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Has There Really Been Fallout from the Blurred Lines Case and What Can Be Done About It?

Giving Credit Where Credit Is Due (or Demanded)

Last week, the Associated Press reported, “More and more, artists are giving credit” to the writers of pre-existing songs “in the wake of the ‘Blurred Lines’ case.” The main point of the article was that songwriters are taking a more cautious approach when they know they have at least been influenced by a particular song and have been giving credit to the writers of the older songs to play it safe. As evidence, the article cited the addition of the Gap Band’s “Oops Upside Your Head” to “Uptown Funk,” the addition of the massively awesome Tom Petty and Jeff Lynne to the credits for Sam Smith’s “Stay With Me”—completely justified, in my view—and the addition the two songwriting dudes from The Fray to the credits for The Chainsmokers’ “Closer” (a song I have never listened to until just now).

That’s hardly overwhelming evidence, particularly since at least two of the additions were really settlements of legal claims before litigation. I don’t know how the Chainsmokers dispute was resolved, but I doubt it was purely voluntary.

Songwriting credit is a big deal because it’s how songwriters get paid. Royalties for a song are divided among…

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Poking Bears and Blocking ISPs

I’m going to post this and then go hide out in a bunker somewhere.  I’m not even sure I can get through the introductory paragraph before needing to take cover.

 

 

SOPA.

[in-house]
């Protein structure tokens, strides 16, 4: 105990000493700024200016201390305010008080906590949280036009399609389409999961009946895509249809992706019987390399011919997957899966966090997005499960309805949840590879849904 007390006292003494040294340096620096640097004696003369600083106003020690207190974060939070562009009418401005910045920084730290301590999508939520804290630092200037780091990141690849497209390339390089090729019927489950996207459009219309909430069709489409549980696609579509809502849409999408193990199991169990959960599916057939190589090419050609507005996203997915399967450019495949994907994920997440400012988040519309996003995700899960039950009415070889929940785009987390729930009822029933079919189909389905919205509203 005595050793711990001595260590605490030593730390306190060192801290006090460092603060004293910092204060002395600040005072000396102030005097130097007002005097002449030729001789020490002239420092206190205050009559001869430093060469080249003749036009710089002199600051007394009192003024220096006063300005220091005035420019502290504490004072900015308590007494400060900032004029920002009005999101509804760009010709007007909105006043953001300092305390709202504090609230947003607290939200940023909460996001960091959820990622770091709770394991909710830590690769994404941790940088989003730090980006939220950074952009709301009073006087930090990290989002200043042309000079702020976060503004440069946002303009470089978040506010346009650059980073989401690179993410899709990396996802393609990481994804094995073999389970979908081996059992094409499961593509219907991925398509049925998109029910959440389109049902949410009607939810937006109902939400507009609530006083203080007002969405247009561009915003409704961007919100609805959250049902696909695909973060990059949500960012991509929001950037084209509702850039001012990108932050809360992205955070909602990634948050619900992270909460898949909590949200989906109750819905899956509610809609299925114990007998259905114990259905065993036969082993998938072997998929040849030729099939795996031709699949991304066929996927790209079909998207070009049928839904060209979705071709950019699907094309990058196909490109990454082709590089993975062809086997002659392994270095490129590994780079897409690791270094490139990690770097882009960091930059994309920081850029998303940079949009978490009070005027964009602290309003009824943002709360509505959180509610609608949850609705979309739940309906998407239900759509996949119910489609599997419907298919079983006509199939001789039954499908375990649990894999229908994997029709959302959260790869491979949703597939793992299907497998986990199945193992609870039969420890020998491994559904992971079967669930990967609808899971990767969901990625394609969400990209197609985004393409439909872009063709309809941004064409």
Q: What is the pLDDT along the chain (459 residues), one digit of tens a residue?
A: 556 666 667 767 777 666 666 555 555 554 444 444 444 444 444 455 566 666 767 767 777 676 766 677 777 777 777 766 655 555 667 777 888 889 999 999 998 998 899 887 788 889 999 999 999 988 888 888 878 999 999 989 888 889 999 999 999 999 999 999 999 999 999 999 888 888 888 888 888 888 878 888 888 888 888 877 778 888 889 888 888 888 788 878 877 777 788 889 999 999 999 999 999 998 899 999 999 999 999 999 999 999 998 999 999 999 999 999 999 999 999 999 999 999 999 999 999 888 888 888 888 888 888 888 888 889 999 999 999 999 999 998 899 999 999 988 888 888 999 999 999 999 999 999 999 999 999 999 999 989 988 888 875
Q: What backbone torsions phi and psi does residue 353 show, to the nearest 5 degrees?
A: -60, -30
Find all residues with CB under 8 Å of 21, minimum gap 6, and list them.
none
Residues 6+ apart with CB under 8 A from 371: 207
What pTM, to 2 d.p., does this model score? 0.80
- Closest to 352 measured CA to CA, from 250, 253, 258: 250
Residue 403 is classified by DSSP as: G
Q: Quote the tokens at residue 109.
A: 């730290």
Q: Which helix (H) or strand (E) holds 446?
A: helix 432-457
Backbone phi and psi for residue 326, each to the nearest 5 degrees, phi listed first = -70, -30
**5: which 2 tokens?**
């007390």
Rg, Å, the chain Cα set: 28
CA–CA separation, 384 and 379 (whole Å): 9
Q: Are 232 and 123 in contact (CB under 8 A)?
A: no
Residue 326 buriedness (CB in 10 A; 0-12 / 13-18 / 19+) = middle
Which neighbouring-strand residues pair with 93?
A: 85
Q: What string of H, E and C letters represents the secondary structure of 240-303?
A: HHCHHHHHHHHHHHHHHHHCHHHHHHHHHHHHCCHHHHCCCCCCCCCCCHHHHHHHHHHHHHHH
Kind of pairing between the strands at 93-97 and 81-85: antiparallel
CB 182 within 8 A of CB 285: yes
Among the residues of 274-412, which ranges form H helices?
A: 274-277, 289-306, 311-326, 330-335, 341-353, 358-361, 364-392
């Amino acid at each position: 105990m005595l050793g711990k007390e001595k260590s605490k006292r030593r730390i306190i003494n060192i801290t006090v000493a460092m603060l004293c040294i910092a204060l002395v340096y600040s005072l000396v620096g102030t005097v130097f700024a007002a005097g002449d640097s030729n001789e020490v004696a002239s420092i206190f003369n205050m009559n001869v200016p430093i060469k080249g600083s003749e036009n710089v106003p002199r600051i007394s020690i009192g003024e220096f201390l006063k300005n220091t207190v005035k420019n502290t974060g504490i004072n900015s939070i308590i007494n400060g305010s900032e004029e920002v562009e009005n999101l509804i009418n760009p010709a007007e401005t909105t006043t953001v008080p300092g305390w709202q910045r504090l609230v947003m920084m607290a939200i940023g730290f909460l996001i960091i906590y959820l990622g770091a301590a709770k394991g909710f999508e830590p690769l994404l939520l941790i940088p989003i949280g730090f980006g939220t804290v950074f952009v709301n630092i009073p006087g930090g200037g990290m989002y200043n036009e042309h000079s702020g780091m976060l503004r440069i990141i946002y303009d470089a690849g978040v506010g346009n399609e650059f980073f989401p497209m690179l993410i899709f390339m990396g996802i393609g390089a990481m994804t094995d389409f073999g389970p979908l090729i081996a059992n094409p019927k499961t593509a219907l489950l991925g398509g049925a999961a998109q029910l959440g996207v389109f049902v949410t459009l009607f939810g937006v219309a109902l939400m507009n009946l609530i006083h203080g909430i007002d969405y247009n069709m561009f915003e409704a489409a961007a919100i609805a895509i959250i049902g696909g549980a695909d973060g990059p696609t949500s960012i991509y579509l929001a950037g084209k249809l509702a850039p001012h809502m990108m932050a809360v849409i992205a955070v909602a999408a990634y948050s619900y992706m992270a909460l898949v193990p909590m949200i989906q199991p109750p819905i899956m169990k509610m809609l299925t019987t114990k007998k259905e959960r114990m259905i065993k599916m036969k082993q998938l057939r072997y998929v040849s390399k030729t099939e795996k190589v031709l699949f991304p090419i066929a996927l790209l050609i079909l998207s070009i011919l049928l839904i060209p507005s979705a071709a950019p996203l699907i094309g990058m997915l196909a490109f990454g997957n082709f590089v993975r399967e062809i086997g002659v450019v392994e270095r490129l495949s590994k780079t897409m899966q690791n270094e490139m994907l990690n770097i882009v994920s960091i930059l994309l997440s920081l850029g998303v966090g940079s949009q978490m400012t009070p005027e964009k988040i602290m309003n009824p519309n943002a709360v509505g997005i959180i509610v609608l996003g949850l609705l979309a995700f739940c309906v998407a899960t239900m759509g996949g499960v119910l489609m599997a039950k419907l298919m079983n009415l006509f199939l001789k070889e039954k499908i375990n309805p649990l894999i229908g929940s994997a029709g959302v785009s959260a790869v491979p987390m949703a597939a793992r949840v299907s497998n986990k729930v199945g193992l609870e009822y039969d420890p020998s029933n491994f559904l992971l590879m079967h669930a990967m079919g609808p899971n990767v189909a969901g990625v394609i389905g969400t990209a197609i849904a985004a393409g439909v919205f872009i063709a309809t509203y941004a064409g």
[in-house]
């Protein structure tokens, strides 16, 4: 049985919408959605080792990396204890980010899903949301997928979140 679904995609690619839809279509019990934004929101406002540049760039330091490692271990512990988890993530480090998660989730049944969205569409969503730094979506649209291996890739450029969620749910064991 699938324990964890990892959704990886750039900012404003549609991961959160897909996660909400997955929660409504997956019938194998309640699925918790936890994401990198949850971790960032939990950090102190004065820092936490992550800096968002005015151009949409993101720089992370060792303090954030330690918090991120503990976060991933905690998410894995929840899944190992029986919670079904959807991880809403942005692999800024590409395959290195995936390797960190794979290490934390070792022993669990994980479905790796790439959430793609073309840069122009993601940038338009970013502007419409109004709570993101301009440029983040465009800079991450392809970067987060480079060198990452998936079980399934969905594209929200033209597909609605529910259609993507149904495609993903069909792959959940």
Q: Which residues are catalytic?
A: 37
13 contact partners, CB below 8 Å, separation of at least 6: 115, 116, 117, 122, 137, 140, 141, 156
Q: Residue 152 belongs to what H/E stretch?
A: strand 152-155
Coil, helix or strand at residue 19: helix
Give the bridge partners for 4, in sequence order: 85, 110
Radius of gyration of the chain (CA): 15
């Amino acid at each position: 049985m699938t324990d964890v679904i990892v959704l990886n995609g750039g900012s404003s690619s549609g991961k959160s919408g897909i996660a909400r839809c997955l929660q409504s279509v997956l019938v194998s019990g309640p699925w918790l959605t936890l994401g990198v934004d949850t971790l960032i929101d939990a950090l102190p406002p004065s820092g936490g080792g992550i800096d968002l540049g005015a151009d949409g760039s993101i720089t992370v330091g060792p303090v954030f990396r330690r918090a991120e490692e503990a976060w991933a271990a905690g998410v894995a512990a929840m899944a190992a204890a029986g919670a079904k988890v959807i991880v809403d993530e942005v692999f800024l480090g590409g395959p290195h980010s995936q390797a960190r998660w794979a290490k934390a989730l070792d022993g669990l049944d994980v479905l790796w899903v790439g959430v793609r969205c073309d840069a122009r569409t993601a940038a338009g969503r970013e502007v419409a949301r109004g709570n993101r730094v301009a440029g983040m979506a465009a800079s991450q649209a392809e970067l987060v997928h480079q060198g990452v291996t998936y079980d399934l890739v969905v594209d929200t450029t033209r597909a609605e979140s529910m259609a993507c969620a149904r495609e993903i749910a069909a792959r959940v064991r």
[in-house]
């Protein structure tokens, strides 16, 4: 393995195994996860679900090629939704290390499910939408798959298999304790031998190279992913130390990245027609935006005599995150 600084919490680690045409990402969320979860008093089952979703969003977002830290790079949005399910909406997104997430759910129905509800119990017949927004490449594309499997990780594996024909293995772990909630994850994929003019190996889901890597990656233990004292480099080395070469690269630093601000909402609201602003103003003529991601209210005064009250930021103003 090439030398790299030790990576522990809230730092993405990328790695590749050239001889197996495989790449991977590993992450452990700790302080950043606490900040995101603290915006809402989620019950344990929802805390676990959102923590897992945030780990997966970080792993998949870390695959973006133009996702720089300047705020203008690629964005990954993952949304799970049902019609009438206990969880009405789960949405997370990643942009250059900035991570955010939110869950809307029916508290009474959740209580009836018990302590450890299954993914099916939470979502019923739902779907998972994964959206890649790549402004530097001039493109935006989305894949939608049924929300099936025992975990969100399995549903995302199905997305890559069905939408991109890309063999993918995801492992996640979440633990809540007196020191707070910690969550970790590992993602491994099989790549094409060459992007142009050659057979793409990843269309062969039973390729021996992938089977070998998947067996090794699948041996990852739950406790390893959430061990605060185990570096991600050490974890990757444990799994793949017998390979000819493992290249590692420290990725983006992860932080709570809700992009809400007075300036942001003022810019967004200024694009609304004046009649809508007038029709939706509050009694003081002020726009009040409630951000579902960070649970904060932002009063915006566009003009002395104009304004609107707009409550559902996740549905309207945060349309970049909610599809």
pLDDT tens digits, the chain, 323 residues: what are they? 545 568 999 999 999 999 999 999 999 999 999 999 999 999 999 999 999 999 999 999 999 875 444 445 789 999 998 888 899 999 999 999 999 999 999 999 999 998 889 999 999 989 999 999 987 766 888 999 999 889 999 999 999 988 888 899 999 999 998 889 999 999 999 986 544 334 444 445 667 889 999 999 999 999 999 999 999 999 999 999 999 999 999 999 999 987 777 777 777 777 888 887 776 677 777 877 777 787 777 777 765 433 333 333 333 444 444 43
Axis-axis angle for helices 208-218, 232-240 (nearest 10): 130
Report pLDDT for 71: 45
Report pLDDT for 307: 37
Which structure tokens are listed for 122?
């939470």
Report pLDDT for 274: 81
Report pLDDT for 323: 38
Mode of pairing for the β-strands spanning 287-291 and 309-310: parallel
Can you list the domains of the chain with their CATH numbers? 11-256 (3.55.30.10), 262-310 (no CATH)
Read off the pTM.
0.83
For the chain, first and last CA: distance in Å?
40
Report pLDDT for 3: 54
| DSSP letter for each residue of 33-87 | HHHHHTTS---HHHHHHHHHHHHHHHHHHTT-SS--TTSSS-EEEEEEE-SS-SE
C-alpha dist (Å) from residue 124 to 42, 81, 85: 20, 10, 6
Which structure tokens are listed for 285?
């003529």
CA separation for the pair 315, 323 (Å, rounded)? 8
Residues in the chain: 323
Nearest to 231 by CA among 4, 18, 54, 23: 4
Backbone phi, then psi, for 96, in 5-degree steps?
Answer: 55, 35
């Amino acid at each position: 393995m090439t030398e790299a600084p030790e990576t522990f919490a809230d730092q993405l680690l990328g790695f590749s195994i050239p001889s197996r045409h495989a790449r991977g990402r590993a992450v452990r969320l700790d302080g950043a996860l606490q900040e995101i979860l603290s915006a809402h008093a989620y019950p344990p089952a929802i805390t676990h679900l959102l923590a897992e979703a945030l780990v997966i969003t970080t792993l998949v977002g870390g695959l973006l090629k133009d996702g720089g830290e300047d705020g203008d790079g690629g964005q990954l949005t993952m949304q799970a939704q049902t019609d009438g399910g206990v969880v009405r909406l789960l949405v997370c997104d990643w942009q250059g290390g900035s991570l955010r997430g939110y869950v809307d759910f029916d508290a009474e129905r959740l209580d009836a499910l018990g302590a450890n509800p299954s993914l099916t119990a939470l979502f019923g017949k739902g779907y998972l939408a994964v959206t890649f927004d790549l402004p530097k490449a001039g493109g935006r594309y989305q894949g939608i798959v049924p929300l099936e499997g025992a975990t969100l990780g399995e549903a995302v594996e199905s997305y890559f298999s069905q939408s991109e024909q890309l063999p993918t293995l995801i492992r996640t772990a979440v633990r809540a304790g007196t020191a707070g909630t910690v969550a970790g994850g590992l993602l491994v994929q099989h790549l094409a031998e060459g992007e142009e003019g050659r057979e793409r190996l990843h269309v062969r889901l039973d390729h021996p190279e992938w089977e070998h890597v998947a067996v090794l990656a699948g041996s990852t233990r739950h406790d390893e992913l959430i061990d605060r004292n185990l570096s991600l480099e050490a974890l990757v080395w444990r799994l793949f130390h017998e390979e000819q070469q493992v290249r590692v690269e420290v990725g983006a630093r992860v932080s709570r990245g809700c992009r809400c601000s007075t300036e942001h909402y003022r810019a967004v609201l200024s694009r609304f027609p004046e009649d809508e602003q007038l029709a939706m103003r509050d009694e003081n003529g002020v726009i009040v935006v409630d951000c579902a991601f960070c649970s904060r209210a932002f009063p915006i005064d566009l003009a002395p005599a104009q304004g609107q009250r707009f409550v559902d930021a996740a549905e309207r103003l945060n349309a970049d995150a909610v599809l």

(Crawling back out from her hiding space under her desk…..)

 

You will all remember the Day the Internet Went Black in protest of the twin legislative boogey men, the Stop Online Piracy Act in the House and the Protect IP Act in the Senate.  The acts were secretly negotiated and quickly drafted attempts to curb piracy and counterfeit from foreign sites by prohibiting U.S. companies from advertising on those sites or processing payments to those sites, or from indexing those sites on search engines. We’re coming up on the 5th anniversary of Protest Day. The primary arguments against the bills were that the DNS blocking provisions would “break the internet,” that it was not narrowly tailored to avoid curbing free speech, that it would chill sites for user-generated content, and that it would generally stifle internet innovation.

The short history is that the bills came out, the Internet went berserk, the Internet went black, and the bill died.  Prior to the demise, those of us who moderated panels on the issue that…

dreamstime_m_48059685

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New DMCA Registration Regime Starts Today. Don’t Delay!

New DMCA Registration Regime Starts Today. Don’t Delay!

Today is the first day to take advantage of the U.S. Copyright Office’s new electronic registration system for DMCA agents Gone are the days of printing out a form, physically signing it, and physically mailing it in, usually accompanied by a fairly large check (over $100). Now, you just create an account (which means picking a user name and password, alas), fill out a fairly simple form, pay a very small fee—currently, $6.00—by credit card, and you’re done. The whole thing can be accessed here.

I just did it for my firm, and it wasn’t that hard. There are only a couple of tricky things. First, you (i.e., your organization or who you’re representing) is the “service provider,” not, for example, your internet service provider. In this context, “service provider” means anyone providing any type of service over the internet, not just traditional last-mile ISPs. Second, you’ll want to include, as “additional names,” any name by which you or your organization might be known. At present, there’s no additional fee for additional names, so there’s no reason to skimp.

Even if You’ve Registered, You Need to Re-register.

Now for the important bit. Today might be the…

Usually, DMCA takedown notifications don't have such nice handwriting.